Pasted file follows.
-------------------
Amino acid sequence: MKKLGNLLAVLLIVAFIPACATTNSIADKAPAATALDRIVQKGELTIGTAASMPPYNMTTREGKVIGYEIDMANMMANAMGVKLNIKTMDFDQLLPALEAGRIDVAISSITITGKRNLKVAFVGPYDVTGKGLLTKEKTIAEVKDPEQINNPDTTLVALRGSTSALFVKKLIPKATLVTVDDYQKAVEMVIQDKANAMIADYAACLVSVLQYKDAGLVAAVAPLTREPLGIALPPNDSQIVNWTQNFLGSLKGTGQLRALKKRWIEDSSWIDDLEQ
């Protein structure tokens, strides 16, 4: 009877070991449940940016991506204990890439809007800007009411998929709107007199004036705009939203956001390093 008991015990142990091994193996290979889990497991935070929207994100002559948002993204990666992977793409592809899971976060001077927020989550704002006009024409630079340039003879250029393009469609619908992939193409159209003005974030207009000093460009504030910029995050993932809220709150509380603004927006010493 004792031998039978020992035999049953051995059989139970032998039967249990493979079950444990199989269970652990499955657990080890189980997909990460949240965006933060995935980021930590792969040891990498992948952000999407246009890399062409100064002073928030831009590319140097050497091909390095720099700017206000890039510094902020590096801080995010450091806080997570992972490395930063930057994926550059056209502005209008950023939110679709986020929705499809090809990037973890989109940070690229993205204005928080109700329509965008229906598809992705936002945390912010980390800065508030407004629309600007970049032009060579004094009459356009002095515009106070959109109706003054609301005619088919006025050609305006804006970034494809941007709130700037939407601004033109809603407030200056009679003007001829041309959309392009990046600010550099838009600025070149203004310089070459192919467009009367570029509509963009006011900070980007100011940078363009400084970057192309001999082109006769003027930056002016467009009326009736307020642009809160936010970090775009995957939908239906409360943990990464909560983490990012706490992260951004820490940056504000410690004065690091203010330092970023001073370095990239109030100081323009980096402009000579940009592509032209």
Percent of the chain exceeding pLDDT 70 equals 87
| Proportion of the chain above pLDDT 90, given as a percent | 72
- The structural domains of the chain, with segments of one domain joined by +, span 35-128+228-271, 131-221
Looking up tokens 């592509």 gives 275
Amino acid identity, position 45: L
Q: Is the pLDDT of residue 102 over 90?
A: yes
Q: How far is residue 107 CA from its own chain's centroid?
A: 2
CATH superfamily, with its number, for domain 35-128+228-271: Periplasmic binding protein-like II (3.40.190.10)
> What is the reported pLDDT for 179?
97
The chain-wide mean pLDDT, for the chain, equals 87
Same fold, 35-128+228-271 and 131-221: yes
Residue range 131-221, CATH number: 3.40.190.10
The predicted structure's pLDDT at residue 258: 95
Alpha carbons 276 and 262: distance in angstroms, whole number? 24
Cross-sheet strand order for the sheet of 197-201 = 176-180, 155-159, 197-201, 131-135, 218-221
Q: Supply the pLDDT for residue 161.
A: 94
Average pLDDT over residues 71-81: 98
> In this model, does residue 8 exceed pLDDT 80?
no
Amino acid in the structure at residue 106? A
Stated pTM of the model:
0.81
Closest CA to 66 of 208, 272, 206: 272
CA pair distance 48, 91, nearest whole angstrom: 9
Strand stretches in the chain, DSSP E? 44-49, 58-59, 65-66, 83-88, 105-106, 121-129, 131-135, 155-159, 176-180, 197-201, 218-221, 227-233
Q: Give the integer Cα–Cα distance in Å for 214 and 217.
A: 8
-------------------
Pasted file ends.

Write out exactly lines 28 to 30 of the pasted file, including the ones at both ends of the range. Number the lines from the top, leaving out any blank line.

0.81
Closest CA to 66 of 208, 272, 206: 272
CA pair distance 48, 91, nearest whole angstrom: 9